Note: This post originally appeared in

We all want to create products that make people’s lives easier and more enjoyable, products that delight people around us and ourselves. Creating great experiences starts with understanding your users, their behavior, motivations and goals.

Remote user studies are ideal for getting insights from end-users who may be located anywhere in the world. They provide access to a larger pool of potential customers, cut out travel time, and can significantly lower the cost of usability testing.

In this article I would like to discuss methods and tools for effective remote UX research and how to make sure your research findings are put to good use.

When remote study work

Remote user research has two key advantages over traditional testing:

  • Flexibility. The remote method allows us to connect with your customers anywhere in the world, give us greater user diversity and also can be quicker to set up.
  • Environment. User interviews are conducted in the participant’s usual working environment with the hardware and software they use on a day-to-day basis or while they are on the go.

When remote study doesn’t work

There are a lots of reasons you might want to conduct an in-person study instead.

  • Info security. When you want to keep control over confidential test materials
  • Inability to use screen sharing. Some studies may require you to talk to users who don’t have reliable high-speed internet connections
  • Face. The importance of seeing the user’s body or face, or track eye movements

Do a lab study when you need to use special equipment, keep the interface 100% secure, see the user’s physical movements , or when you can’t use screen sharing tools.

If you are a visual thinker like me you may like my Hand Drawn Design Tips — weekly 1 min read newsletter on product design.

Moderated vs automated research

The remote research can be divided into two categories: moderated and unmoderated research.

In moderated research a moderator speaks directly to the participants. Moderated research allows you to gather in-depth qualitative feedback.

Since they provide lots of context and insight into exactly what users are doing and why, moderated methods are good for research when you’re looking for new ideas to come from observation.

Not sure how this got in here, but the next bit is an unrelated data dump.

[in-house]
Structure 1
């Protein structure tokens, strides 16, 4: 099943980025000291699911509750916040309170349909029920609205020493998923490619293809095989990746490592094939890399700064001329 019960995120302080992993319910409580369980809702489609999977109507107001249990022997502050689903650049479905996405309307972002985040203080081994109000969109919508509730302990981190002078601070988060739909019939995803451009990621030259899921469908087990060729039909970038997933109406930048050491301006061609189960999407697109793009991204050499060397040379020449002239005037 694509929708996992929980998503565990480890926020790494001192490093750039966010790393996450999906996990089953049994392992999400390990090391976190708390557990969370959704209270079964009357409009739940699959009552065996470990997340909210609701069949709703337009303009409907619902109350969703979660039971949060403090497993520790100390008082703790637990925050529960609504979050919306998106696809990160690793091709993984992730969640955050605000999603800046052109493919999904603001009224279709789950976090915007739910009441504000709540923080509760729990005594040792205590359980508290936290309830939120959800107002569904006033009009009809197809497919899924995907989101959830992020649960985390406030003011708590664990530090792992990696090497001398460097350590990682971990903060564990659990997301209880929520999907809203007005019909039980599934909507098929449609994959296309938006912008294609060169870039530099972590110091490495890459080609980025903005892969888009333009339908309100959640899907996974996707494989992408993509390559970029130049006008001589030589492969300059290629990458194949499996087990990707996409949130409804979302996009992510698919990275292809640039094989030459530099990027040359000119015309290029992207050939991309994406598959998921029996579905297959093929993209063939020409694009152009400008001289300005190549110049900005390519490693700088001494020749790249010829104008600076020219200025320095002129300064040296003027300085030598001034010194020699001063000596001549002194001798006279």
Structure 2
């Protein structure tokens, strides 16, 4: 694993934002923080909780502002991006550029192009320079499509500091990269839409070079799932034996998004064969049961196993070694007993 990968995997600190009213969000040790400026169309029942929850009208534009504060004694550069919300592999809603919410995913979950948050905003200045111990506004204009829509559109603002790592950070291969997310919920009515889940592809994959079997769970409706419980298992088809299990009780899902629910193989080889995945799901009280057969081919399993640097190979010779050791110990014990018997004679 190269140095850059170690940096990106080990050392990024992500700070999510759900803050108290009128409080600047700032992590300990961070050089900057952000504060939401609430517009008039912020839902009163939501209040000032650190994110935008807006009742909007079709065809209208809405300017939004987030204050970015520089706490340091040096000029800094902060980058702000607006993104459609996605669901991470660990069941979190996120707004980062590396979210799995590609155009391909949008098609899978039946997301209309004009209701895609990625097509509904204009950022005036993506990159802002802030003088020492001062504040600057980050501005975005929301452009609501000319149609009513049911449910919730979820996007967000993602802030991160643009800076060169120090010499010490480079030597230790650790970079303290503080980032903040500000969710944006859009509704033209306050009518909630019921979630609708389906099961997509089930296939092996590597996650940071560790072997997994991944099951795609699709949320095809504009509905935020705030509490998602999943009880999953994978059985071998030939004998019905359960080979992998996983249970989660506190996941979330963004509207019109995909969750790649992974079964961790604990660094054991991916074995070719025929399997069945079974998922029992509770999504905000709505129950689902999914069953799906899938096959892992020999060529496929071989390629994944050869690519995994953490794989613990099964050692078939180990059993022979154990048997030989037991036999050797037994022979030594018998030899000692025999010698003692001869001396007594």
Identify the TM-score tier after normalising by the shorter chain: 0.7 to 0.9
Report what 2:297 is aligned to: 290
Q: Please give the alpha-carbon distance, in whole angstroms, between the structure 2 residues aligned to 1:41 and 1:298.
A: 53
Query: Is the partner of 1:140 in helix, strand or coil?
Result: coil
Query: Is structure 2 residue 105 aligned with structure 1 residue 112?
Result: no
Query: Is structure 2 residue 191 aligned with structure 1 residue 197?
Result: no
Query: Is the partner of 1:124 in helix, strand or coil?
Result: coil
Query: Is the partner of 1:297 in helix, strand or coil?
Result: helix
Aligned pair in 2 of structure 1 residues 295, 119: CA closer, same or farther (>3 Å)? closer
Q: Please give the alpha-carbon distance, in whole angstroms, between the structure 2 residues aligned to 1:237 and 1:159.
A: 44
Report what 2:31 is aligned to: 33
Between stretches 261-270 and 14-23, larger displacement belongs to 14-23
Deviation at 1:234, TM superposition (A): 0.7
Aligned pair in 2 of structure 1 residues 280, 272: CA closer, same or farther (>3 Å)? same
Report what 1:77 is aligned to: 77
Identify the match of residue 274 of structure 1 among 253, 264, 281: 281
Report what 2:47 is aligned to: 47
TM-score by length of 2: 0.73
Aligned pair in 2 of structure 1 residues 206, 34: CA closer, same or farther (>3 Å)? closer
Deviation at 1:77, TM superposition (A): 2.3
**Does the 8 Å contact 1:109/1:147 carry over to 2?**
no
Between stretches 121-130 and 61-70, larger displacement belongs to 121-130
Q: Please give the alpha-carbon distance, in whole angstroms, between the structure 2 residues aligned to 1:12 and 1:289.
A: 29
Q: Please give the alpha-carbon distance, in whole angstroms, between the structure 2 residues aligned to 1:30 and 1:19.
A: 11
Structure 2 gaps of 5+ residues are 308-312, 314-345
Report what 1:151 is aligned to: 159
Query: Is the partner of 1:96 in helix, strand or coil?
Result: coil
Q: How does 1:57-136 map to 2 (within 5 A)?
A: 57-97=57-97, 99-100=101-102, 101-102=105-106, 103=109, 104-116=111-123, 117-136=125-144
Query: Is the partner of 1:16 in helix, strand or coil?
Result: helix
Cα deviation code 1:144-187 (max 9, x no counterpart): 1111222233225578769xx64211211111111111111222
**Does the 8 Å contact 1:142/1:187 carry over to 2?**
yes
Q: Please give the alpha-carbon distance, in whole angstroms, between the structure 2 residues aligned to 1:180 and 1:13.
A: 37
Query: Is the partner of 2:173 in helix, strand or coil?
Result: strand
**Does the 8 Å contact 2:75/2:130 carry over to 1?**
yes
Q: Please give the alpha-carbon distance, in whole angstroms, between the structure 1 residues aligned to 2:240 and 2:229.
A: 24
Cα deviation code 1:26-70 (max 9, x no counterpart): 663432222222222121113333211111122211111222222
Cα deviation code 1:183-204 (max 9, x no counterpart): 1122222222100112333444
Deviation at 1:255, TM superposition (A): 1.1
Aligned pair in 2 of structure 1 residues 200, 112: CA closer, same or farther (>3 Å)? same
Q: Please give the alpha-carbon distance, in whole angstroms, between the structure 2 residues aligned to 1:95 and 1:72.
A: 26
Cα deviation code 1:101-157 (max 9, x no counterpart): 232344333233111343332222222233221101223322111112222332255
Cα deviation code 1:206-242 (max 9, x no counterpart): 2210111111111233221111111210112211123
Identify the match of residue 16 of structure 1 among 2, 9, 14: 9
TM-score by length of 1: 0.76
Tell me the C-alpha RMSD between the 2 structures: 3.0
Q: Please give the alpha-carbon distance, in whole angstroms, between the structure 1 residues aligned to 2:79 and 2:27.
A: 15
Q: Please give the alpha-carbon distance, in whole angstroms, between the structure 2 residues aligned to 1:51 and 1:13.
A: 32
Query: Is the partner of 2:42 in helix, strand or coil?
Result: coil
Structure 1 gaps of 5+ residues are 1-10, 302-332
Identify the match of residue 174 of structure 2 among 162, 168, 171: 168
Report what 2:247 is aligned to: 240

Unlike moderated research, automated research does not involve any conversation between the researcher and the participants. Instead you use online tools and services to collect information automatically.

You can conduct automated research to get feedback from a large number of participants on a specific set of tasks. Automated research is usually quantitative and good at addressing specific questions like:

  • what % of users can successfully log in?
  • how long does it take for users to find a product?

If all you need is performance data, and not the reasons users behave the way they do, then automated testing is for you.

How to design a remote user study

In general there are no huge differences between planning a standard or a remote user study:

  1. What. You need to decide what you want to learn. Before starting the study, everyone on the team should agree on the questions you plan to ask and the assumptions you plan to test.
  2. Who. You’ll need to carefully recruit people based on your goals: existing customers, prospective customers, or representative customers. I really like a collaborative approach here when you. with your team, identify goals for the study, and list the characteristics of the people you want to interview and people you want to exclude from your study. Then figure out precise criteria you can use to identify those people and write questions to screen them.
  3. How. Determine the best research methodology for a particular study that will allow you to reach your goals and write an interview guide or that keeps you on track during the interviews.